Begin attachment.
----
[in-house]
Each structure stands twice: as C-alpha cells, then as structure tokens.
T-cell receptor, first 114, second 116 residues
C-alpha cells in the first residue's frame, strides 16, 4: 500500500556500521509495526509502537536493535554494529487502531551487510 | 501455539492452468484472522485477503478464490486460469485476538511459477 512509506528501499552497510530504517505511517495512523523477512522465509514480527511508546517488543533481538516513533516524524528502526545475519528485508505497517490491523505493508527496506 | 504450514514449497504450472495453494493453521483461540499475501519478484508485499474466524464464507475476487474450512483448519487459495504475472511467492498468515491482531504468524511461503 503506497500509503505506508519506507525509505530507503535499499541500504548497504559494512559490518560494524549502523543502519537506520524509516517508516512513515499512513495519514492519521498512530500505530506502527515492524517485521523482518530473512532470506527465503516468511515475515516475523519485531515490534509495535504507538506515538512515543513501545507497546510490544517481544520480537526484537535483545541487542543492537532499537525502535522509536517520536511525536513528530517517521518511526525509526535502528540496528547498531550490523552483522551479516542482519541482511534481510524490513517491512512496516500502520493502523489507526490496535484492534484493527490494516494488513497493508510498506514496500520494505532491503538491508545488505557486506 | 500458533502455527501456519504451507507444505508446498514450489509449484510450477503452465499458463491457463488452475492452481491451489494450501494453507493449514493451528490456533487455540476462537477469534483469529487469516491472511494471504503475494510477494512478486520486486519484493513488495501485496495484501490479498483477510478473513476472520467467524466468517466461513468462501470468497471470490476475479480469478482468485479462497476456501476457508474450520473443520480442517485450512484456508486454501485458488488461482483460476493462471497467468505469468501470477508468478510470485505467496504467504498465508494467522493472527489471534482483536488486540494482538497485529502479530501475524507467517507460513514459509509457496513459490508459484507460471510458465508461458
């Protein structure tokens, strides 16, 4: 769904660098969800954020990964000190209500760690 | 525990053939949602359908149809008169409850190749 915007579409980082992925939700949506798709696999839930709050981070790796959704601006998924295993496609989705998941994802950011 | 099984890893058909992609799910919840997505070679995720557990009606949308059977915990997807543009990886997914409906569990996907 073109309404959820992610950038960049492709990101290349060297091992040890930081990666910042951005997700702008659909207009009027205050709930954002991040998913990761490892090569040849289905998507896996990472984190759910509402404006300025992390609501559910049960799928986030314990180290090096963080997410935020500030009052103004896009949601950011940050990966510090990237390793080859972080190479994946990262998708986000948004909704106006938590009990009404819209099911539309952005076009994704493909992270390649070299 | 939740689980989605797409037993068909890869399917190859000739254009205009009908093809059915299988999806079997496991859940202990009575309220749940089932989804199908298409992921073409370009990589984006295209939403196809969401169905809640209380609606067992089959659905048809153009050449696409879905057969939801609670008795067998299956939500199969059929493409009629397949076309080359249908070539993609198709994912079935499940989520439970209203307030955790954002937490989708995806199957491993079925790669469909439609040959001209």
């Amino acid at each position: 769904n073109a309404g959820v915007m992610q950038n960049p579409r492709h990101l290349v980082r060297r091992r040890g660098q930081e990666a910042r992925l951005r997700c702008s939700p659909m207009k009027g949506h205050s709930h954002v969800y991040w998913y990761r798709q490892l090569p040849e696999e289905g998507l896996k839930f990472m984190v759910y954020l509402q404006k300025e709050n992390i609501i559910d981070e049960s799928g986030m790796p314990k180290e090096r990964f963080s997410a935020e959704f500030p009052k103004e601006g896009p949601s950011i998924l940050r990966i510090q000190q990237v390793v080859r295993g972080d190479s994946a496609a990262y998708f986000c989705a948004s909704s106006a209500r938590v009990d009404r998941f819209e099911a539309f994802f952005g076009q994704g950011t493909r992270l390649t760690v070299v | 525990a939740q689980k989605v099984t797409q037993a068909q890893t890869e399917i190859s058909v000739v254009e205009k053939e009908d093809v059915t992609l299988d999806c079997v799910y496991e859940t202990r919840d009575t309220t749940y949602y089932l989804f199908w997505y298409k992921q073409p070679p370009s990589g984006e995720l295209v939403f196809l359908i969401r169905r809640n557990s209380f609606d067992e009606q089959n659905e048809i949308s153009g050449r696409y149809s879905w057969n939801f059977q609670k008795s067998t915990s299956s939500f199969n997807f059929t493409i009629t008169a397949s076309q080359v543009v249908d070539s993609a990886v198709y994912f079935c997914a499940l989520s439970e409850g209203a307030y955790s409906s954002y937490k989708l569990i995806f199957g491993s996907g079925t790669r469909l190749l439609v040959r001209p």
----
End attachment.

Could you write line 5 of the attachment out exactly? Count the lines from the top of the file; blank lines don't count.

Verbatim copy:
């Protein structure tokens, strides 16, 4: 769904660098969800954020990964000190209500760690 | 525990053939949602359908149809008169409850190749 915007579409980082992925939700949506798709696999839930709050981070790796959704601006998924295993496609989705998941994802950011 | 099984890893058909992609799910919840997505070679995720557990009606949308059977915990997807543009990886997914409906569990996907 073109309404959820992610950038960049492709990101290349060297091992040890930081990666910042951005997700702008659909207009009027205050709930954002991040998913990761490892090569040849289905998507896996990472984190759910509402404006300025992390609501559910049960799928986030314990180290090096963080997410935020500030009052103004896009949601950011940050990966510090990237390793080859972080190479994946990262998708986000948004909704106006938590009990009404819209099911539309952005076009994704493909992270390649070299 | 939740689980989605797409037993068909890869399917190859000739254009205009009908093809059915299988999806079997496991859940202990009575309220749940089932989804199908298409992921073409370009990589984006295209939403196809969401169905809640209380609606067992089959659905048809153009050449696409879905057969939801609670008795067998299956939500199969059929493409009629397949076309080359249908070539993609198709994912079935499940989520439970209203307030955790954002937490989708995806199957491993079925790669469909439609040959001209």